6. I like writing. My idea right now is to find a good and simple way to exploit this as an alternative to having to find people daily to practice on. What I want is a way to quickly exercise my ability to create short and grammatically correct sentences in various tenses.

Anyway, I’ll make a few posts now and then about approaches do and do not work for me when learning a language.

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DSL for Generative Models (58/365)

I’ve now cleaned up (in befb0f3cca0c212e368497e86f030aa96355be18) the Reader and Writer interfaces and added it to Statistics.GModeling.Gibbs. I’ve removed references to Support and simply parameterized using a key type k and value type v.

> data Reader k v = Reader
>   {
>     -- | Number of available indices
>     size :: Int
>     -- | Read the value at the given key
>   , readn :: Int -> k -> v
>     -- | Create a copy for writing only
>   , copy :: IO (Writer k v)
>   }
> data Writer k v = Writer
>   {
>     -- | Write the value at the given key
>     writen :: Int -> k -> v -> IO ()
>     -- | Create a read-only copy
>   , readOnly :: IO (Reader k v)
>   }

I’ve also simplified the type of Indexed and added an implementation of Reader and Writer for HMM in Statistics.GModeling.Models.HMM.

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DSL for Generative Models (57/365)

I am putting together what I have so far in a repository here. So far, (133e22dc979d988706aafe52a346cee004f70ca5) it contains

  1. Statistics.GModeling.DSL
  2. Statistics.GModeling.Models.HMM
  3. Statistics.GModeling.Models.LDA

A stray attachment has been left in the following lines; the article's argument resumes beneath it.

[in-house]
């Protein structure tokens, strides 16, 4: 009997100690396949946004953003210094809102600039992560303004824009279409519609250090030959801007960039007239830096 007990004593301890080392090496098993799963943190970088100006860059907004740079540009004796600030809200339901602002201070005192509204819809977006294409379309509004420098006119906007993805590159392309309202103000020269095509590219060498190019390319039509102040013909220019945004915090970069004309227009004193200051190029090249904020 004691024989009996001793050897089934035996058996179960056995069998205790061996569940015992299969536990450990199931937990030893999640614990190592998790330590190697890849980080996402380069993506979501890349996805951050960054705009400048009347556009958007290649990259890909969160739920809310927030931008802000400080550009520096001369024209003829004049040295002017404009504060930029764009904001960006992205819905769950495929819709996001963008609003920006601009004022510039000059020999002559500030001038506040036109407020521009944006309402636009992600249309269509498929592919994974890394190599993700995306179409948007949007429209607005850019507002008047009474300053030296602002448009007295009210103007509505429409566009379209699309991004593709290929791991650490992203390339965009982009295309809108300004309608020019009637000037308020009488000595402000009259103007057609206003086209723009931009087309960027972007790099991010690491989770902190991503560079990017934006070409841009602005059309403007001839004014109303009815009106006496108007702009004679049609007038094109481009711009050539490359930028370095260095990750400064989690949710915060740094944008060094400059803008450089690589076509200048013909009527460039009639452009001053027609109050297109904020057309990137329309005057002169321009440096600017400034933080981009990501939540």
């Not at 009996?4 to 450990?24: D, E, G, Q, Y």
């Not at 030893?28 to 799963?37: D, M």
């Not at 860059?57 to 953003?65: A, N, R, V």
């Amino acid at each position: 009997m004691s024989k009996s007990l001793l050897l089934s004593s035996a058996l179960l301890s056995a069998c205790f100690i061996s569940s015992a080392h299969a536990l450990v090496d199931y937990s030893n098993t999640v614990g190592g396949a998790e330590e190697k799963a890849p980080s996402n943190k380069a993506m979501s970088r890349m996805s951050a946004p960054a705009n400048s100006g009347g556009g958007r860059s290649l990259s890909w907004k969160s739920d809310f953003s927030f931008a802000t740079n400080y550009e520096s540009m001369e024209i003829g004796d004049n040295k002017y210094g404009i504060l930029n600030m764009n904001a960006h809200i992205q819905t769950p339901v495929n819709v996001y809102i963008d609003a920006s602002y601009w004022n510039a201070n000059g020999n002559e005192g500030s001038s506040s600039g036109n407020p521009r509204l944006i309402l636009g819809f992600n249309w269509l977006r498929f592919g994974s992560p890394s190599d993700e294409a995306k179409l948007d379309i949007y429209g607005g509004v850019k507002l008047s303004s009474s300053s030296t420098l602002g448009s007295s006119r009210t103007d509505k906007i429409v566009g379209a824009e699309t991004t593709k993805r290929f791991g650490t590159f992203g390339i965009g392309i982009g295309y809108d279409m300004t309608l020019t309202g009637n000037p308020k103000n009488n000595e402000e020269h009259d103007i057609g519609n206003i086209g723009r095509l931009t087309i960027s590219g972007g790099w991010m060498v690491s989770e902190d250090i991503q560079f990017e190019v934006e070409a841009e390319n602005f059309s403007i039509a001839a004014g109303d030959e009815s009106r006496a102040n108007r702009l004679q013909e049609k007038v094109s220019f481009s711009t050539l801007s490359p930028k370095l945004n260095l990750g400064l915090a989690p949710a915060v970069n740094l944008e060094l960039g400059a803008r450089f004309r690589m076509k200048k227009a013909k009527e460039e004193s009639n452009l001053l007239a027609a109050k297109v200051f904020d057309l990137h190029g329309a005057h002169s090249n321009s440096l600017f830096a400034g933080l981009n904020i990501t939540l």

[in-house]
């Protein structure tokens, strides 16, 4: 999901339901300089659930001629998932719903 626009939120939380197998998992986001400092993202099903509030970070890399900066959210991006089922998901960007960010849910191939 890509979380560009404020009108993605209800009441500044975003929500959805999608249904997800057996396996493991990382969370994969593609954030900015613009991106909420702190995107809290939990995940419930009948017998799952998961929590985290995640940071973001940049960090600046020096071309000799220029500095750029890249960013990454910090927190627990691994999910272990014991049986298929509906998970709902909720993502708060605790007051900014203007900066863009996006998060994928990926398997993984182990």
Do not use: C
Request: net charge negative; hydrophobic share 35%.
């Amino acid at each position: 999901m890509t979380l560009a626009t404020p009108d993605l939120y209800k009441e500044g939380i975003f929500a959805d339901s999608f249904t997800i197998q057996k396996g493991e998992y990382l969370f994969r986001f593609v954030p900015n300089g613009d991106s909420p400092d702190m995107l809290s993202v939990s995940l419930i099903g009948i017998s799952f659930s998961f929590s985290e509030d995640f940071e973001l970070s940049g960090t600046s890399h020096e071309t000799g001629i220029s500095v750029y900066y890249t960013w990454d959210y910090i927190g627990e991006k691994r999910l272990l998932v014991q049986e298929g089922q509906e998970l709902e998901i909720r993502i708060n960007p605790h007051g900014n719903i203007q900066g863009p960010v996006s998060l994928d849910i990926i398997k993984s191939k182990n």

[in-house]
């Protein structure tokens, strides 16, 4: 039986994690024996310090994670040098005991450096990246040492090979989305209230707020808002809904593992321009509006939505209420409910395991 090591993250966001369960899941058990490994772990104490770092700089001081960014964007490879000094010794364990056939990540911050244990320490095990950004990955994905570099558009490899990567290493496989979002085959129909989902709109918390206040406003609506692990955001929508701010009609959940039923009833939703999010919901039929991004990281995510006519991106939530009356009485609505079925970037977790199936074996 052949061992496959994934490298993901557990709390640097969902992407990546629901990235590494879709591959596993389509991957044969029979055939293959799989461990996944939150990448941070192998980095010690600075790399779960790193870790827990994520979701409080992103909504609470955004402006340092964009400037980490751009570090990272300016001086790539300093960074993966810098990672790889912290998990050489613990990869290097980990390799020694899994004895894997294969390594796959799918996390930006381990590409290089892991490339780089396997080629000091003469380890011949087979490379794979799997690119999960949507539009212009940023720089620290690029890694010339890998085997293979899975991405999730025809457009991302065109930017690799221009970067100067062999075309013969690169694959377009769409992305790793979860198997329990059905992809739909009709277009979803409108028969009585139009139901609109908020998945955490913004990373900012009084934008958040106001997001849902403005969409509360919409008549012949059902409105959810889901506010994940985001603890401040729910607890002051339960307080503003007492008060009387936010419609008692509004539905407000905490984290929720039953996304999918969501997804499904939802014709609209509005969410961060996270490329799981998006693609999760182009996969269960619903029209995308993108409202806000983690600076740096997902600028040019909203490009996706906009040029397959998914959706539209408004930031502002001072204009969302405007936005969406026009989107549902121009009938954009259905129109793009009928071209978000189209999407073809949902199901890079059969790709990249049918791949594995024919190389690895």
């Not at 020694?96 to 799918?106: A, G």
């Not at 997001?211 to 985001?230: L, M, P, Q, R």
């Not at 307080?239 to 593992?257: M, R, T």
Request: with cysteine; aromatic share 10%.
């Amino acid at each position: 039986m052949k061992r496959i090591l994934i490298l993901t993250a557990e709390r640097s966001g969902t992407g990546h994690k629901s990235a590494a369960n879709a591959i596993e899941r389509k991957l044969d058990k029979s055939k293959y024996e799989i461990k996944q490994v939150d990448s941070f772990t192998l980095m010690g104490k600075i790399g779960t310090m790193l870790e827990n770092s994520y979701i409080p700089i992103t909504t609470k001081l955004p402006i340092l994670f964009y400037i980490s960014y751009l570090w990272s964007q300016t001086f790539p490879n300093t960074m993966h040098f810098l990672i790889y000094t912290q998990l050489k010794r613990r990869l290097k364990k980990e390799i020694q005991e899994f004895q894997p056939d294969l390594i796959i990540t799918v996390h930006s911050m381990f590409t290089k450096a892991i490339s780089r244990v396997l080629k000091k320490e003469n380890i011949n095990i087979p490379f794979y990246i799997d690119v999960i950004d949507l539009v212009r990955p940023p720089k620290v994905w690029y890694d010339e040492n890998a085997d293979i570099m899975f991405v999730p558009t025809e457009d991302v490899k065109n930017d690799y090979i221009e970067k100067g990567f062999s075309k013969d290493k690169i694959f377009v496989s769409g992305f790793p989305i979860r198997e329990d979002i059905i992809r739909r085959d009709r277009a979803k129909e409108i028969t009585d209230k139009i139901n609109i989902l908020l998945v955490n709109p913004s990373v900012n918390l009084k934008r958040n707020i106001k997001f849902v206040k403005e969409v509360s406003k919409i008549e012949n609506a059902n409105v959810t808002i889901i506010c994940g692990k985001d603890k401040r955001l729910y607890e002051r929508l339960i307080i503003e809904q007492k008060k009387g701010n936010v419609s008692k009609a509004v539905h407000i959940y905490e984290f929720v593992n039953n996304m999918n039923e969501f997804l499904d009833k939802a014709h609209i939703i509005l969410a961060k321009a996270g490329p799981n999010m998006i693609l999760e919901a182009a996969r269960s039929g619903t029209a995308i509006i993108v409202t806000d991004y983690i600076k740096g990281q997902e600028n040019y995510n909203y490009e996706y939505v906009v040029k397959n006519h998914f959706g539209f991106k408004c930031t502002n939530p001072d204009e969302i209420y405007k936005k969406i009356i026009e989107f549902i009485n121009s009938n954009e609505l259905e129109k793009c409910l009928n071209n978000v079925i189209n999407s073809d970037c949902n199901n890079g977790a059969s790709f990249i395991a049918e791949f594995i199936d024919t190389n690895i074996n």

4. Statistics.GModeling.Models.FixedTreeLDA

Will continue building the pieces in upcoming posts.

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Sharing a Birthday (56/365)

I think most have heard something like you only need suprisingly few people in a room before two people in the room end up sharing a birthday. But I never bothered to work it out. Let me do that.

First, forget leap years. Let a year have 365 days. Note that if you have 366 people in the room you are guaranteed that someone will share a birthday. On the other end of the spectrum, if there are only two people in the room then the probability that the two of them share a birthday is given by one minus the number of ways they cannot share a birthday divided by the number of ways we can assign them a birthday: \frac{(365)(364)}{(365)(365)}.

In general, let’s say there are k people in the room. The following gives the number of ways to assign different birthdays to each of the k people.

\displaystyle  D(k) = (365)(365-1)(365-2)\dots(365-k+1) = (365)_k \\ \text{Note that when } k > 365 \text{ we get } D_k = 0

The number of ways to assign any birthday to each of the k people.

\displaystyle  N(k) = 365^k

So, the probability that at least one pair out of k will share a birthday is given by

\displaystyle  \frac{D(k)}{N(k)} = 1 - \frac{(365)_k}{365^k}

Graphing it below. By k=41 the probability is already at 0.9.

Probability of sharing a birthday

Probability of sharing a birthday